Why some doctors are moving away from ventilators for virus patients

Why some doctors are moving away from ventilators for virus patients

Some hospitals have reported unusually high death rates for COVID-19 patients on ventilators, and some doctors worry that the machines could be doing harm.

A ventilator stands next to a patient’s bed in the ICU ward at the Sant Pau hospital in Barcelona on April 2, 2020. Angel Garcia / Bloomberg via Getty ImagesApril 9, 2020, 6:11 AM MSTBy Associated Press

As health officials around the world push to get more ventilators to treat coronavirus patients, some doctors are moving away from using the breathing machines when they can.

The reason: Some hospitals have reported unusually high death rates for coronavirus patients on ventilators, and some doctors worry that the machines could be harming certain patients.

The evolving treatments highlight the fact that doctors are still learning the best way to manage a virus that emerged only months ago. They are relying on anecdotal, real-time data amid a crush of patients and shortages of basic supplies.

Medics Fighting Coronavirus Inside Hospital de Sant Pau

Mechanical ventilators push oxygen into patients whose lungs are failing. Using the machines involves sedating a patient and sticking a tube into the throat. Deaths in such sick patients are common, no matter the reason they need breathing help.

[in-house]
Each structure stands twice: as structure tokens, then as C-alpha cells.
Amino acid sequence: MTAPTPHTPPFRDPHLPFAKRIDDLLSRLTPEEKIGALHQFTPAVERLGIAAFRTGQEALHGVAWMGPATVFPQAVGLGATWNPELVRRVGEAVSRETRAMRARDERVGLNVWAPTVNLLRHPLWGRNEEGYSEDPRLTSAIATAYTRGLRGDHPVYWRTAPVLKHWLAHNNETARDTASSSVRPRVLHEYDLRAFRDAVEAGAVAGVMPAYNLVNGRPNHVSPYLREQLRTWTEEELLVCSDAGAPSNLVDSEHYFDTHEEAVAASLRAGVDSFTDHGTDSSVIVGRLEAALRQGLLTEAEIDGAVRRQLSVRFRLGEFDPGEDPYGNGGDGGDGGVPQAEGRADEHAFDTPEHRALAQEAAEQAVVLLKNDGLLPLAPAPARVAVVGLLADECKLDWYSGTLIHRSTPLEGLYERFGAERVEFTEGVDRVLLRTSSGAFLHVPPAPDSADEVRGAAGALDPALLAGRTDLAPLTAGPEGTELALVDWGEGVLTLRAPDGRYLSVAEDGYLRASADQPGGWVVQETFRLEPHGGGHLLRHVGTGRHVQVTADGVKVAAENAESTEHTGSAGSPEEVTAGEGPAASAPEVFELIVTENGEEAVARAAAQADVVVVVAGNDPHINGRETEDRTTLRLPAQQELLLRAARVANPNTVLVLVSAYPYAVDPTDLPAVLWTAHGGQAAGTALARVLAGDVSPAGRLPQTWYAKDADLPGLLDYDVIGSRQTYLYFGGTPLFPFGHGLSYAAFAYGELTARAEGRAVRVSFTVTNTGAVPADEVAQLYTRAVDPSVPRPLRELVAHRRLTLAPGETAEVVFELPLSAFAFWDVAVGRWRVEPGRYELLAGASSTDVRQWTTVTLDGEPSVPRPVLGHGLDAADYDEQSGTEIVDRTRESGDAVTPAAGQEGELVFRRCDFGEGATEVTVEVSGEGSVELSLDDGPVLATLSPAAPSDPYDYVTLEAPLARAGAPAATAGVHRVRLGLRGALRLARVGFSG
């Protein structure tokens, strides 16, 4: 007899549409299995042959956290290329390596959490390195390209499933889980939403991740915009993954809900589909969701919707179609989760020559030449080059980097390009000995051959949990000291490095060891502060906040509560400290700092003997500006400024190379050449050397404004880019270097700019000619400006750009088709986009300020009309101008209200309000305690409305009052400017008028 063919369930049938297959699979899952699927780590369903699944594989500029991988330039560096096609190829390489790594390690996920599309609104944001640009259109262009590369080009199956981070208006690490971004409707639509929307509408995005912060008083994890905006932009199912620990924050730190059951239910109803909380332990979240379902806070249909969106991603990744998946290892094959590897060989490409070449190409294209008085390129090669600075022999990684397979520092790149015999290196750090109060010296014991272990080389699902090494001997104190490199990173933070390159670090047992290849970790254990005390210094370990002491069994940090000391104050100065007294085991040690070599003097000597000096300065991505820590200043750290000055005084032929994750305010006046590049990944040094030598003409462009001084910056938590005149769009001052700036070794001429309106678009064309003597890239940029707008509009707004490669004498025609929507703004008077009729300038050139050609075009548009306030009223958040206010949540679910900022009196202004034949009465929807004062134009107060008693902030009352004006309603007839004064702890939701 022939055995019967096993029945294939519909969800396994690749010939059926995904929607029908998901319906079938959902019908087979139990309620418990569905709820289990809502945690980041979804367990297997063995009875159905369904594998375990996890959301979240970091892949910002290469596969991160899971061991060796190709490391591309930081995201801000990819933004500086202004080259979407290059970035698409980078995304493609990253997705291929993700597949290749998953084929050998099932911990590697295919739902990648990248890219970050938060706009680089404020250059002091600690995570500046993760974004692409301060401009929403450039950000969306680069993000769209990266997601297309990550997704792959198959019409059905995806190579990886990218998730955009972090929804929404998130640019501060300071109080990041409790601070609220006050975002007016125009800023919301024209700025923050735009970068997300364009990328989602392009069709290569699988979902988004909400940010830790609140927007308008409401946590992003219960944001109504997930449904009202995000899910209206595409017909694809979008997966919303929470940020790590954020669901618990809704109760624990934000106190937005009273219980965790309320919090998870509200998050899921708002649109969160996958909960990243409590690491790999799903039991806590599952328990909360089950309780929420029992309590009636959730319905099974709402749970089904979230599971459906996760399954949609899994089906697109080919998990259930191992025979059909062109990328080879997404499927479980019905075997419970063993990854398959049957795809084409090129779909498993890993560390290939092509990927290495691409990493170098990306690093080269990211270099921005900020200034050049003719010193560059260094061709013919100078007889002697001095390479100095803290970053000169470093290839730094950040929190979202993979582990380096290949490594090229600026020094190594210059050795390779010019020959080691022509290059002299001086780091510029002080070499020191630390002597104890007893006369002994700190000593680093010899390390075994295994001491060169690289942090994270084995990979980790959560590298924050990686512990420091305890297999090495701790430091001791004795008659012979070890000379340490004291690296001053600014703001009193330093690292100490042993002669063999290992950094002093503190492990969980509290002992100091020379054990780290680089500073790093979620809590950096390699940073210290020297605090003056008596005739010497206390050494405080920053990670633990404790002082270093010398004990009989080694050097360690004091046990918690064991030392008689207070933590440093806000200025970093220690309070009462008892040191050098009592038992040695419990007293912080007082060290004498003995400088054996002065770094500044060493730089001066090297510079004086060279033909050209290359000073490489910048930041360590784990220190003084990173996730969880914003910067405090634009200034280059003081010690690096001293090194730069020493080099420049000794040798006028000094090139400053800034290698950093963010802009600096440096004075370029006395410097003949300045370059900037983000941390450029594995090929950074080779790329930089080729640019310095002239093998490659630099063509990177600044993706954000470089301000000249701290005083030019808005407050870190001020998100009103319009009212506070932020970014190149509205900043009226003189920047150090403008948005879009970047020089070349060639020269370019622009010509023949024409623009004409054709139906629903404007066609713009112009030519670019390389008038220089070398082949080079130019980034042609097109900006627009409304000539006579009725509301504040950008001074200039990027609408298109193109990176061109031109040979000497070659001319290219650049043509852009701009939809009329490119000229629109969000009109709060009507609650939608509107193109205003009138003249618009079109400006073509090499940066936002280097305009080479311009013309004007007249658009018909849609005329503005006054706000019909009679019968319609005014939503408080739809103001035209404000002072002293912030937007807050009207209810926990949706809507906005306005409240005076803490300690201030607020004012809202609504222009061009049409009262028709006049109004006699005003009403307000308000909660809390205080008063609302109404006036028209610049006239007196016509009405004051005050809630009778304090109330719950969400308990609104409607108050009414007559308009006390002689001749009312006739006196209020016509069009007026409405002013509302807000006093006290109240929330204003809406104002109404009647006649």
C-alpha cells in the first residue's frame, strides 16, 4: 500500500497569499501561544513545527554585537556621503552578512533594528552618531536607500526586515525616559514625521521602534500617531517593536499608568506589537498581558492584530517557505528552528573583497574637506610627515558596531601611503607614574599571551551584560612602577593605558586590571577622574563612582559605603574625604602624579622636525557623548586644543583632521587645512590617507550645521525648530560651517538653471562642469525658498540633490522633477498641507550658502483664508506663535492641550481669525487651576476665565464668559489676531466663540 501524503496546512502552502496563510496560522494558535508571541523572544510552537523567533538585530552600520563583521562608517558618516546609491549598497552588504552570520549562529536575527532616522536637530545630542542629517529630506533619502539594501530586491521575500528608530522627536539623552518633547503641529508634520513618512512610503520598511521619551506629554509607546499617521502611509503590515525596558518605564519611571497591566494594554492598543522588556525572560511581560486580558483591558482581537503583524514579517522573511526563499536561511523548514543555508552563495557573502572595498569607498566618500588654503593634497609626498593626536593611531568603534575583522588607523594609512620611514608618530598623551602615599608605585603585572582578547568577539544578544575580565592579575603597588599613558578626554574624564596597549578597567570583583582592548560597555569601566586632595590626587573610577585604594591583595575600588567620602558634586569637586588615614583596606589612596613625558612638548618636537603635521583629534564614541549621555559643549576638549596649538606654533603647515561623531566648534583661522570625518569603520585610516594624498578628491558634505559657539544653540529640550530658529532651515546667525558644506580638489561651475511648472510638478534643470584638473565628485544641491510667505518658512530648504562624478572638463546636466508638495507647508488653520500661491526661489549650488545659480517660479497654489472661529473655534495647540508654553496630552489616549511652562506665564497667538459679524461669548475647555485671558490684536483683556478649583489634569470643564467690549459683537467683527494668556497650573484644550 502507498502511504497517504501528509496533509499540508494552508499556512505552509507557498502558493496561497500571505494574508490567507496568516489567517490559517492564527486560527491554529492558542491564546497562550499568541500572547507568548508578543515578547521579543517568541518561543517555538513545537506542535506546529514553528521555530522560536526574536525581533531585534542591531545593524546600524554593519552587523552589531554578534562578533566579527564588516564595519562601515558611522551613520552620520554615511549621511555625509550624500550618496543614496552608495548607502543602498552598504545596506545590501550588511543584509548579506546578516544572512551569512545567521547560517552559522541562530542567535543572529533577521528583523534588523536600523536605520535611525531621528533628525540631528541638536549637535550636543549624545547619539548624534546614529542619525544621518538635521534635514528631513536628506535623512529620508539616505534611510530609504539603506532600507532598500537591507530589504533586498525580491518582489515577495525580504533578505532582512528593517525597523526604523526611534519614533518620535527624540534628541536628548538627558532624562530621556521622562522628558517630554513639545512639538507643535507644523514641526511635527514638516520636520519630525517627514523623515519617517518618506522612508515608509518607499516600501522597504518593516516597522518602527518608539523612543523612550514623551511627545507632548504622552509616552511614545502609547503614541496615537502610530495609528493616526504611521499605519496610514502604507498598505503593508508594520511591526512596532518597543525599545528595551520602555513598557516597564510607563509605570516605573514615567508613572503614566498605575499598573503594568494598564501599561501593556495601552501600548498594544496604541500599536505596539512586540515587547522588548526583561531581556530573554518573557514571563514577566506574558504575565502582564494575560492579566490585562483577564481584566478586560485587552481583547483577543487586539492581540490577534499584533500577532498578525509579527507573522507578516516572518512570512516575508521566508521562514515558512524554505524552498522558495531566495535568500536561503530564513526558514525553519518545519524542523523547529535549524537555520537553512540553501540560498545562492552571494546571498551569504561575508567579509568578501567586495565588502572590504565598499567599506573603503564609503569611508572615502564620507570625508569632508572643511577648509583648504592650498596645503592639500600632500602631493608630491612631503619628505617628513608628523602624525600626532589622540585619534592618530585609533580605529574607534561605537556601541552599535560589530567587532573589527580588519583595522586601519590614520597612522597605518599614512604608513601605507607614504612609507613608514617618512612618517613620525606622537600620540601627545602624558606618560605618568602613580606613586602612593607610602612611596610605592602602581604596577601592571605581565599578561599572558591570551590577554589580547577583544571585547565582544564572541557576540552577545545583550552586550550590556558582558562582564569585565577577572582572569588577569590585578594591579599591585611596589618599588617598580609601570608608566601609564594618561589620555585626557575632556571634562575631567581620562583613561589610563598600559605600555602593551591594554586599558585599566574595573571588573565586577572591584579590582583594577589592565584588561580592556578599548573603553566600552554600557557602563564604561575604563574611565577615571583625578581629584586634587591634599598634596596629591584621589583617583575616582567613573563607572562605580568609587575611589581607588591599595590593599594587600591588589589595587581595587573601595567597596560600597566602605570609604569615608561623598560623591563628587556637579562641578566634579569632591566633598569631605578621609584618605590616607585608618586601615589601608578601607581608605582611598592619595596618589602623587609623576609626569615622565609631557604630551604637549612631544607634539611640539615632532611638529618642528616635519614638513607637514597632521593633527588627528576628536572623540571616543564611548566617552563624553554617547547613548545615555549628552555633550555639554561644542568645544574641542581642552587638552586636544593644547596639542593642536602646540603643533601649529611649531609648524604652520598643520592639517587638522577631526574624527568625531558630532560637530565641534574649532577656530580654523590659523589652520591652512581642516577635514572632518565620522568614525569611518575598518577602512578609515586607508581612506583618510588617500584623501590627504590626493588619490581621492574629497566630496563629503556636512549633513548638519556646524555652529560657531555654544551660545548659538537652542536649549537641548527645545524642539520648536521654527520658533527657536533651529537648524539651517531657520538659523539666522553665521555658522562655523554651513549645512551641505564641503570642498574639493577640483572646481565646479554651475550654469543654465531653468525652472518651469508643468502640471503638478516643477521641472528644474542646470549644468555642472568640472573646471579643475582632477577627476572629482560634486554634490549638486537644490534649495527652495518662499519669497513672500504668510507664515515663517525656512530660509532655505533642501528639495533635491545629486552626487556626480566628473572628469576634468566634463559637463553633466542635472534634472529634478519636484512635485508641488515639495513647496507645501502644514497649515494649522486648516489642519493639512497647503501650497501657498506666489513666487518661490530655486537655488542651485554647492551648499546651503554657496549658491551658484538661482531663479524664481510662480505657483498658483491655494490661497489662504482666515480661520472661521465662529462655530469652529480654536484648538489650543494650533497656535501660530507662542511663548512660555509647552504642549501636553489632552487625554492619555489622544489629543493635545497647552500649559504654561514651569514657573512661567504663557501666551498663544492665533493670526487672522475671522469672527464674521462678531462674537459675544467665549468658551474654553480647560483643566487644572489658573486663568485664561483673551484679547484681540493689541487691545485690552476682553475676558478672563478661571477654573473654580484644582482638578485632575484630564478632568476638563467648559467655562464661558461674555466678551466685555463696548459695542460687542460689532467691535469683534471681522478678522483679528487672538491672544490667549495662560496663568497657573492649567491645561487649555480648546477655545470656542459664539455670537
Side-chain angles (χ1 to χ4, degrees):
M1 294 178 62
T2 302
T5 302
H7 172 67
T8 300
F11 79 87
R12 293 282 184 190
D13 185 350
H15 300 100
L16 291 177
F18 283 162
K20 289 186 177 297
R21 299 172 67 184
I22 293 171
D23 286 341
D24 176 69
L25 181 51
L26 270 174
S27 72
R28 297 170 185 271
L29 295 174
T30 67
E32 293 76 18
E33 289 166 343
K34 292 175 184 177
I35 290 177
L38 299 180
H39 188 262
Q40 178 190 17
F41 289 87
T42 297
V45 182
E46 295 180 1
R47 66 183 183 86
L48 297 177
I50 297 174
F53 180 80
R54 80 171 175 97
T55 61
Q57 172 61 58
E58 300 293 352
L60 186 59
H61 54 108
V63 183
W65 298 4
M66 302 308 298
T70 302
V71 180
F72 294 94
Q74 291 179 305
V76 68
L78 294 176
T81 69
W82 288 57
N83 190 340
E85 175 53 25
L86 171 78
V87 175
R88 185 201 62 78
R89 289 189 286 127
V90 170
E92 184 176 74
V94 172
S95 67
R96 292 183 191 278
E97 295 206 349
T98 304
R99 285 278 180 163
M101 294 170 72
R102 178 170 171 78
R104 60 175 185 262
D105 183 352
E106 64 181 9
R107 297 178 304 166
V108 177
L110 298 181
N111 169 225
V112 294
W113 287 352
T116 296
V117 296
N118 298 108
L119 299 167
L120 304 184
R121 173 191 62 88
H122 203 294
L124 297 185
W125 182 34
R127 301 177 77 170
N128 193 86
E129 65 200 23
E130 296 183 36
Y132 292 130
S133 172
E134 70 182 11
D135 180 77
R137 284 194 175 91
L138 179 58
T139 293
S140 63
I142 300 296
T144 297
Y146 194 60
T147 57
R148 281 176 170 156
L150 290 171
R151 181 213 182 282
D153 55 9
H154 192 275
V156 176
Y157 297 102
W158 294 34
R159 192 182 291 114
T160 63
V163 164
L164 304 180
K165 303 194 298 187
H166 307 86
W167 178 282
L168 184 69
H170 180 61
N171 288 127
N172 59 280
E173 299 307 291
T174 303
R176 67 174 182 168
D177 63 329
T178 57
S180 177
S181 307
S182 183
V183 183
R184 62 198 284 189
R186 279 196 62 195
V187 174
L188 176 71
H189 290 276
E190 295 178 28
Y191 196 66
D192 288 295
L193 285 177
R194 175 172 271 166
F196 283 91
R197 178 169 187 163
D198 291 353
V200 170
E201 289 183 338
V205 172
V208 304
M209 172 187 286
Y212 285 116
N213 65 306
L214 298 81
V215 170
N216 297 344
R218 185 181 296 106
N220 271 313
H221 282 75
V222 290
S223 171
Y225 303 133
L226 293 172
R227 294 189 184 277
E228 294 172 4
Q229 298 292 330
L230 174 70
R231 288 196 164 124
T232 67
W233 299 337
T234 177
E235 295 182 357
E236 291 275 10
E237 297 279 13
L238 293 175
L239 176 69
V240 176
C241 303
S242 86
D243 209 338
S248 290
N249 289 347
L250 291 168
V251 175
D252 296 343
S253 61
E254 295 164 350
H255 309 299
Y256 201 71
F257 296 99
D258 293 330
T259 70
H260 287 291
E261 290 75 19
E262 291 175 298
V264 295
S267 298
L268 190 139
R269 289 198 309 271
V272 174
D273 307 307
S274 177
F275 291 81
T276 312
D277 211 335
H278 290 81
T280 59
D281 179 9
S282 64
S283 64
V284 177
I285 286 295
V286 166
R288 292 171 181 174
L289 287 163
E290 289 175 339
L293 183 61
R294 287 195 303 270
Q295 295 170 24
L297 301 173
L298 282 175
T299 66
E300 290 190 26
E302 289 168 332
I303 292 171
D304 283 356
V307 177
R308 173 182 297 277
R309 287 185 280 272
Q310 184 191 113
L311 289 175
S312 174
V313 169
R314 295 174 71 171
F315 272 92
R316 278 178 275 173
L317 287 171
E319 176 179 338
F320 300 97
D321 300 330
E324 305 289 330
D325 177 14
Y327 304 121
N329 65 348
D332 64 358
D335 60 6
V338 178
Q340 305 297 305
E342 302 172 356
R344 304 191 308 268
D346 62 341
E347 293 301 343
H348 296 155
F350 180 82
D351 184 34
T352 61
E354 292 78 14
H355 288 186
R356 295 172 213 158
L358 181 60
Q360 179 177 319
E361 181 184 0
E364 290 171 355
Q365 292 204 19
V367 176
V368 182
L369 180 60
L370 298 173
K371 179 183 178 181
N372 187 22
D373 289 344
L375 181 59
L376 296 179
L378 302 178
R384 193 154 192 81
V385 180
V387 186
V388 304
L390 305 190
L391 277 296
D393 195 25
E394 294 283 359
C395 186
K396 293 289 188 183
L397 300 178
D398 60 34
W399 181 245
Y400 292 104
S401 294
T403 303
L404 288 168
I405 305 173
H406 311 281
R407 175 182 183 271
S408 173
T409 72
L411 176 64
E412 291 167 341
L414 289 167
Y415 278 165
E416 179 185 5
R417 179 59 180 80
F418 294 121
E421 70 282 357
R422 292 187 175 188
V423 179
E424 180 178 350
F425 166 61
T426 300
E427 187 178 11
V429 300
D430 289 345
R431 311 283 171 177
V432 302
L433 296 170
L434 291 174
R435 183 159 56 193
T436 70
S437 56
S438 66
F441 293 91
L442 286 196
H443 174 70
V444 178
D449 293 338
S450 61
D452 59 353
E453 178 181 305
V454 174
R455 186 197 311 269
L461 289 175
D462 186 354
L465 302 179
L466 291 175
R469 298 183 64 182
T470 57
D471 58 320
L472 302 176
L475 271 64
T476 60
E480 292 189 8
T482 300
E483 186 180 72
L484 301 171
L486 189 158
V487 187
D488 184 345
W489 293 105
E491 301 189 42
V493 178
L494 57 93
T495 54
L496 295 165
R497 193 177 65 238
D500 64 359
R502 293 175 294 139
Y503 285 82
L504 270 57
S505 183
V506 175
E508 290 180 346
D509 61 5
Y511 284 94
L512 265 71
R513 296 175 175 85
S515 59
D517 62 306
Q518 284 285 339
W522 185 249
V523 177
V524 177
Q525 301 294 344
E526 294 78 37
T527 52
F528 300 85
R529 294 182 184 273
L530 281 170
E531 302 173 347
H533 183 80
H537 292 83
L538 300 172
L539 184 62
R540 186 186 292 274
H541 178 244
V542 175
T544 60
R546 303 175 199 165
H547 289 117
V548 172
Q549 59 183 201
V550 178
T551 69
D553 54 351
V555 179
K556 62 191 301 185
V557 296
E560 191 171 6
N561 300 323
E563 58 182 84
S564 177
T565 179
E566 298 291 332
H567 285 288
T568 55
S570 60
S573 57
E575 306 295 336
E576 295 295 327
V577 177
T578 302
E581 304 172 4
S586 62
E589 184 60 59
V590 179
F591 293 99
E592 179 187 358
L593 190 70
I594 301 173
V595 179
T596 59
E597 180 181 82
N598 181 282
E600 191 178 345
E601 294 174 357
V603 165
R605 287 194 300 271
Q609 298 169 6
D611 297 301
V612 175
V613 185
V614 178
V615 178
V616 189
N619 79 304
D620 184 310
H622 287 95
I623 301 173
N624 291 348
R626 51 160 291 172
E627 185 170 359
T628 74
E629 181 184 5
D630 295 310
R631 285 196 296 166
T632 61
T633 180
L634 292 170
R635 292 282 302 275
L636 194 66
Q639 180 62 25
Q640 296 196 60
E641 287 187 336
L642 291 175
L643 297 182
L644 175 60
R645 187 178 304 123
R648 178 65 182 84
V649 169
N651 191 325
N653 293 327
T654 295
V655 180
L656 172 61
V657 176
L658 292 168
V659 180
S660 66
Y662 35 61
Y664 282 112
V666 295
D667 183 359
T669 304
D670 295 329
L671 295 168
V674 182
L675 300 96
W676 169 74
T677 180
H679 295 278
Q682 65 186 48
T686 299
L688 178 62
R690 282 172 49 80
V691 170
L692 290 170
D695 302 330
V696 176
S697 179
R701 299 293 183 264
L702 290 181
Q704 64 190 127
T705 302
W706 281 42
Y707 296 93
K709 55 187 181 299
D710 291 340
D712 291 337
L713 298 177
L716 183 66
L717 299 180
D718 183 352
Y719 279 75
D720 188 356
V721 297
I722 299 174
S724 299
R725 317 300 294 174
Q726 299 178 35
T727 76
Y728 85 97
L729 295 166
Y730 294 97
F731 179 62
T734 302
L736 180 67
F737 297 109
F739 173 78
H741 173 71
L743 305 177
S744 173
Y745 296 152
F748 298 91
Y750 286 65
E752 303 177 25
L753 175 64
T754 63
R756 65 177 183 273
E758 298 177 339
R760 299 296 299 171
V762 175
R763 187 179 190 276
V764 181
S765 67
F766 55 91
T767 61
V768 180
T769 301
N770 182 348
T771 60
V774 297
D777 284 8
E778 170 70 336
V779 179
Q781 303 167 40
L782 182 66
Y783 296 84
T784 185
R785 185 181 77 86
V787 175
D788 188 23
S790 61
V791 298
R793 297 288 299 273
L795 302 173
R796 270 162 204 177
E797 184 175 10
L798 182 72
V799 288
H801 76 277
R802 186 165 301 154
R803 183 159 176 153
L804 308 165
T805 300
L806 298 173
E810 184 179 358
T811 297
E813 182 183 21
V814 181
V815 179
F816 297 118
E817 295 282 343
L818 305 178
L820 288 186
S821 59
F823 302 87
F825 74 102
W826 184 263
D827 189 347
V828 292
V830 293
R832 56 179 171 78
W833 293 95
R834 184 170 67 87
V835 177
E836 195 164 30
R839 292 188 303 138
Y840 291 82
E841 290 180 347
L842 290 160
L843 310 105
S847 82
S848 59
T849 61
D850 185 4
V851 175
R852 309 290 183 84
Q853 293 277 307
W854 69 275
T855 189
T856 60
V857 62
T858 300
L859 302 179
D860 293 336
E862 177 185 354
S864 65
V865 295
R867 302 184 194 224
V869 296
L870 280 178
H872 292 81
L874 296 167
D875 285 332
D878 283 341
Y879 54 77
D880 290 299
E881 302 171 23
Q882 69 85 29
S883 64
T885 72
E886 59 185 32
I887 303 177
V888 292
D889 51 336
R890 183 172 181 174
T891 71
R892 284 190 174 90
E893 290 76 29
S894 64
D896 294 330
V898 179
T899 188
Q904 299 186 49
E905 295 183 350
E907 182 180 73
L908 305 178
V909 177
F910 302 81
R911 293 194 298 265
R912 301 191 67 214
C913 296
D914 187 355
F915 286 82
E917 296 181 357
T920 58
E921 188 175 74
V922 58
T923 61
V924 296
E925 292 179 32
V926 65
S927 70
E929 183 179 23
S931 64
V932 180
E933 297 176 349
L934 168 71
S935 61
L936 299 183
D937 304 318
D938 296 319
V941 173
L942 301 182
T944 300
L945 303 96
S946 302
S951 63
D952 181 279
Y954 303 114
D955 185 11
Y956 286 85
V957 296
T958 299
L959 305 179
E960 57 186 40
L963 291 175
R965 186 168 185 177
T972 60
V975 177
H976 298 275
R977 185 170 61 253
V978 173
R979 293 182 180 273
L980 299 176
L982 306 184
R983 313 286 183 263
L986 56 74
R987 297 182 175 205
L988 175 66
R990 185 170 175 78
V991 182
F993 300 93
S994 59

April 6, 202002:53

Generally speaking, 40 percent to 50 percent of patients with severe respiratory distress die while on ventilators, experts say. But 80 percent or more of coronavirus patients placed on the machines in New York City have died, state and city officials say.

Higher-than-normal death rates also have been reported elsewhere in the U.S., said Dr. Albert Rizzo, the American Lung Association’s chief medical officer.

Similar reports have emerged from China and the United Kingdom. One U.K. report put the figure at 66 percent. A very small study in Wuhan, the Chinese city where the disease first emerged, said 86 percent died.

The reason is not clear. It may have to do with what kind of shape the patients were in before they were infected. Or it could be related to how sick they had become by the time they were put on the machines, some experts said.

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